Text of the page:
Am I being scammed by Celebrity Cruises?

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By Christopher Elliott

Darryl and Carolyn Sigel believe they were scammed by their cruise line. After you read about what happened to them on the Celebrity Summit, you might agree with them.

Even Celebrity, it seems, sides with them, to a point: It’s offered $200 vouchers for what happened to them. Is that enough?

First, though, a few important details about the Sigels. They don’t drink and Carolyn uses a wheelchair. And, like a lot of travelers, they take pictures – lots of pictures.

Billed for beach towels and beer

After the Sigels returned from their Caribbean cruise in late April, they checked their credit card and found $100 in charges pending. They had no idea what they were being charged for.

We have received a few complaints about Celebrity Cruise. Let’s get right to the Sigels’.

Darryl picks up the story.

I called Celebrity. I was told I was charged $56 for two beach towels.

I did not take the beach towels. When we left the cabin on Saturday to go to the last breakfast, the beach towels were still on the sofa bed.

There was also a bar bill — $44 for a round of beers, Jack Daniels and an Evian. makes it fast and easy to compare and buy travel insurance online from top-rated providers. Our unbiased comparison engine allows travelers to read reviews, compare pricing and benefits and buy the right policy with a price guarantee, every time. Compare and buy travel insurance now at

Carolyn and I do not drink. I would never pay for water or beer.

But it’s Celebrity’s word against his, right?

Not really. Remember, the Sigels take lots of pictures, and they had a video showing the cabin with both towels in it just before departure. Their bags are packed right next to the towels, and it looks as if you can’t fit another item in them.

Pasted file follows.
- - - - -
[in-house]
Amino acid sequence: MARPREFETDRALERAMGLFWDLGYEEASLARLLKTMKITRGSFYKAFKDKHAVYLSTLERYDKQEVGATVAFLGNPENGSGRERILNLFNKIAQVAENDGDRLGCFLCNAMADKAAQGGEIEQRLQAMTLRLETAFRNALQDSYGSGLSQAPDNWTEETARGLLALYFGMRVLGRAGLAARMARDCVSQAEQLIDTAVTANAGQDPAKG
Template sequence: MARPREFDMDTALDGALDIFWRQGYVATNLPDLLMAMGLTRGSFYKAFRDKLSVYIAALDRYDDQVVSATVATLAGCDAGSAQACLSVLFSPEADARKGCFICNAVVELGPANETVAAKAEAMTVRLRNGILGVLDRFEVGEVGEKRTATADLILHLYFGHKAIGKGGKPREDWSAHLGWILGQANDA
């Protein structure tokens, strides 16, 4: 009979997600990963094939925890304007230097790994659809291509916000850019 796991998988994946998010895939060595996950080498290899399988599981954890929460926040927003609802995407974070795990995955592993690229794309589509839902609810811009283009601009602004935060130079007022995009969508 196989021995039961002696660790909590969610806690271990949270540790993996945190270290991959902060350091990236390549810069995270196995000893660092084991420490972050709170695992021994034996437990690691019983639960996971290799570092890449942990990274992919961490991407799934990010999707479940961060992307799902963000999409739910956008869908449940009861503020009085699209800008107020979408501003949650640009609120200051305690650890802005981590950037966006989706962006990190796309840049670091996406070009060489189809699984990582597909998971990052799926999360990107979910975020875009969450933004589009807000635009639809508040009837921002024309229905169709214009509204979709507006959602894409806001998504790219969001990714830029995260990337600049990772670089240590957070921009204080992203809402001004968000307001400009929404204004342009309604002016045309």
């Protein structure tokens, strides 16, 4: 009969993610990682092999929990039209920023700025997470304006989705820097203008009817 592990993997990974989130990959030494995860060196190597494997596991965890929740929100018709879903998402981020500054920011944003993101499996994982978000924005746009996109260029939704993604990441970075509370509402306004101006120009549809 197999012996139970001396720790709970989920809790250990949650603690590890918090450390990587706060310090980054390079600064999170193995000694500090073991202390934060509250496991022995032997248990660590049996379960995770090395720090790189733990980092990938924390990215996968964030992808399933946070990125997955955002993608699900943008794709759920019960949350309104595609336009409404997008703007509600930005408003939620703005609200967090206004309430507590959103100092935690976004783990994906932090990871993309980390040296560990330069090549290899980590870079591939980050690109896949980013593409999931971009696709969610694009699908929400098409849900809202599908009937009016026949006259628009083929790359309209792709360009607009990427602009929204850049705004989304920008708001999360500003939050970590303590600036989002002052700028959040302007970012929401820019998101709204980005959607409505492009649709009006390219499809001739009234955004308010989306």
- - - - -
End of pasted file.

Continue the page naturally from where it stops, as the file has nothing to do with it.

Think about it. What would they do with beach towels, anyway?

“We don’t go to the beach,” says Darryl Sigel. “If we went to the beach, Carolyn’s wheelchair sinks into the sand and it’s a total mess.” (Related: Can I get my money back for a bad cruise?)

OK, so we have proof that the Sigels didn’t take the towels, and if they don’t drink – and we’ll have to take them at their word that they don’t – then their bill is bogus.

But that’s hardly a scam.

The Sigels’ celebrity cruise quandary

That’s not all, though. Because Carolyn is in a wheelchair, space is important to the couple, and Darryl went through the trouble of measuring their quarters.

On the Celebrity website, it lists all the handicapped rooms. Our room, 2022, is listed at 347 square feet.

I measured the cabin and it’s approximately 164 square feet, not counting the loo.

Hmm, that’s pretty suspicious.

Darryl Sigel contacted Celebrity. A representative replies, acknowledging the company had “re-measured” the cabin and found that he was right – it wasn’t 347 square feet, as claimed, but 240 square feet. Oops.

“Amazing,” he says. “The ship is over 10 years old and they can’t get the size of the cabin correct That’s fraud, to me.”

Celebrity offered him a $200 credit for the misunderstanding. He responded by placing the $100 charge in dispute and contacting the Maritime Commission and me, which is understandable. (Here’s our guide to resolving your consumer problem.)

Celebrity seems to believe that his bar tab and room bill is more or less legit and that his complaints about space are kind of frivolous. Still, in the interests of good customer service, it’s willing to offer him a credit of twice the amount he owes it. But he’ll have to book another Celebrity cruise. (Here’s a story related to the longest complaint letter we’ve received about cruises so far.)

Did Celebrity do enough? I don’t know, if I were calling the shots at Celebrity, I might have refunded the apparently bogus bar bill, too. My advocacy team and I would also go to great lengths to correct the website and ensure future customers that they were getting what they paid for.

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Christopher Elliott

Christopher Elliott is the founder of Elliott Advocacy, a 501(c)(3) nonprofit organization that empowers consumers to solve their problems and helps those who can't. He's the author of numerous books on consumer advocacy and writes three nationally syndicated columns. He also publishes the Elliott Report, a news site for consumers, and Elliott Confidential, a critically acclaimed newsletter about customer service. If you have a consumer problem you can't solve, contact him directly through his advocacy website. You can also follow him on X, Facebook, and LinkedIn, or sign up for his daily newsletter.

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